This special gives voters a behind-the-scenes look at third party campaigns and conventions in the 2004 presidential race, showcasing the serious political alternatives to the Democrats and Republicans. The one-hour program focuses on four major third party/independent bids:
  • Libertarian Party (Michael Badnarik),

  • Green Party (David Cobb),

  • Constitution Party (Michael Peroutka).

  • Ralph Nader, and in addition,

  • other candidates' bids for their party's nomination are featured, such as Libertarians Gary Nolan and Aaron Russo.

  • My advance hunch is that the coverage of others who are NOT on the ballot is just to discredit the entire show. Why cover the others? Edit!

    In most markets, "Crashing" debuts the evening before the first Bush-Kerry debate - showing PBS viewers the candidates who were shut out of the presidential debates. In a few cities such as Boston, the third party documentary is the lead-in program for the Bush-Kerry showdown on Sept. 30.


    On Wednesday, Sept. 29, at 1 p.m., PBS filmmakers Peter Koziell and Darren Garnick will be participating in a live Web chat about the making of "Crashing The Parties 2004" sponsored by The Washington Post. Join in the conversation during your lunchbreak! For more information, visit: and scroll to the bottom of the page for the "Live On-Line" links. Questions can be submitted earlier that day.


    If you find the themes, scenes or commentary from "Crashing The Parties 2004" to be compelling, please consider sharing your thoughts with both your local PBS station and the PBS national network. The stations are always eager to hear from "viewers like you."

    Sandy Heberer
    PBS Programming
    1320 Braddock Place
    Alexandria, VA 22314

    And, contact QED directly.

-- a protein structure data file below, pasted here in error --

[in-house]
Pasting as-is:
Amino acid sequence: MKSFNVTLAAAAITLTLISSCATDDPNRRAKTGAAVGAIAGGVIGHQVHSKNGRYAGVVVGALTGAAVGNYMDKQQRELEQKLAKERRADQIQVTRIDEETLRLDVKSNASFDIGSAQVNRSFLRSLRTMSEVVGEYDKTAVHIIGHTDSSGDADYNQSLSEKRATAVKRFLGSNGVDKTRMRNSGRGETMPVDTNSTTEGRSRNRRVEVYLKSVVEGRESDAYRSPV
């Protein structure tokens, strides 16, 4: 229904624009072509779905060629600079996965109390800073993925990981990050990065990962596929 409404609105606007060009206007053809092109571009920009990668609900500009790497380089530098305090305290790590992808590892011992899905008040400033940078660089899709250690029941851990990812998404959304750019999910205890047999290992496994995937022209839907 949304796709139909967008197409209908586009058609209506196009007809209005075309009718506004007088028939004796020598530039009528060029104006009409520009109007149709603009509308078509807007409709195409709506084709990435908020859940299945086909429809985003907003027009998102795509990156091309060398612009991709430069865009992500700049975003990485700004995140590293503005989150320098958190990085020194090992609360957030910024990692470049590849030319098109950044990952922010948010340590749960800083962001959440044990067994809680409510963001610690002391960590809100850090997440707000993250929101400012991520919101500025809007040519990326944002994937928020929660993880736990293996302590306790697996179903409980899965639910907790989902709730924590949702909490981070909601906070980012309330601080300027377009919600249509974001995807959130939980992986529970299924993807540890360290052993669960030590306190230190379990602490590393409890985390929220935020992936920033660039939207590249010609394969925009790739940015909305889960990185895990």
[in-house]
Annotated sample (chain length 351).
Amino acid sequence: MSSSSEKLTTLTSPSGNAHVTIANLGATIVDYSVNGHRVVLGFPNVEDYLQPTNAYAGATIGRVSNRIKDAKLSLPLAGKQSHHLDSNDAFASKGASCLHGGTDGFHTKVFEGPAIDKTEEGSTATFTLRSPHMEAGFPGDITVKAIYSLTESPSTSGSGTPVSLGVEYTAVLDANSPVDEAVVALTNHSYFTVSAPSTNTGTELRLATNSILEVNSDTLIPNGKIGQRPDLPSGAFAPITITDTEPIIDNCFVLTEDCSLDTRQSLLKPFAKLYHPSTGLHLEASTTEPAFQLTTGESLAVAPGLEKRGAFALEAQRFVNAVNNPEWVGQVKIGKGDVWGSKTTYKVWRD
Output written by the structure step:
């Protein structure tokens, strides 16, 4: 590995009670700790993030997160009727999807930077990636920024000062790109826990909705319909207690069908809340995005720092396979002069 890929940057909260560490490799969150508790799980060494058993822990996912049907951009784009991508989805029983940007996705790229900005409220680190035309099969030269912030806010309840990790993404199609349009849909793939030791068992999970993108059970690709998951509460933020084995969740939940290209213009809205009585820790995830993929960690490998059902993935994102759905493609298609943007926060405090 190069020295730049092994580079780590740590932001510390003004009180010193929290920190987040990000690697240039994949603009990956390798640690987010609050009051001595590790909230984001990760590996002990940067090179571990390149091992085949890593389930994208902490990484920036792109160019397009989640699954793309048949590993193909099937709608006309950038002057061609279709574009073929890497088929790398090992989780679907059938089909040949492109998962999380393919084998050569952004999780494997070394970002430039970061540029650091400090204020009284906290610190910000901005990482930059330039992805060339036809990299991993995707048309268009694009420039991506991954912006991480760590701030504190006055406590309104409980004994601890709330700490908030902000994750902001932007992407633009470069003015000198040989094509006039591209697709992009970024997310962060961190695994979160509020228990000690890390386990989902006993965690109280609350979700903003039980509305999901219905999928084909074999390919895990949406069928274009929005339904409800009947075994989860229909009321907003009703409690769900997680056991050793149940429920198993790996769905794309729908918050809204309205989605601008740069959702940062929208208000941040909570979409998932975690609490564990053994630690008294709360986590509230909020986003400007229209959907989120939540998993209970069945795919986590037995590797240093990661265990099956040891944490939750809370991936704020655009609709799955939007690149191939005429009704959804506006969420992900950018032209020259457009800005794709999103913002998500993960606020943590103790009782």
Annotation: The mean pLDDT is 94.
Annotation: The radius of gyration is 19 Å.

The filmakers also appreciate feedback,

    Saturday, September 25, 2004

    Parenting woes or infrastructure issues

    Its fixed! A new sewer cover and sidewalk has arrived. The city did its job, and cut down the three trees. The building owner did the sidewalk with cement contractors on Sept. 25. The saga started in early August. Not many drunks fell into the open hole.

    Parenting the ducks
    Conventional wisdom says "bad parenting." However, I'm wondering if it is bad city infrastructure? Our children are falling between the cracks here. And, it takes little effort to get the right type of street treatments to prevent these types of accidents.

    Notice that the storm gutter's slots are not the full length, but they do go in the direction of traffic. Bike riders have trouble with street coverings that have larger spaces as wheels get caught, flipping the rider. Inline skaters are sure to have issues. Many street treatments in Pittsburgh are bad for all sorts of reason.

    Pittsburgh makes continual, classic mistakes and frustrates up the opportunities care for our kids. Pittsburgh makes parenting much more of a chore.

    Broken sewer cover on 12th & Bradish

    Seniors and children, yet alone drunks and little ducklings could get lost, hurt and perhaps wealthy by visiting our streets in Pittsburgh.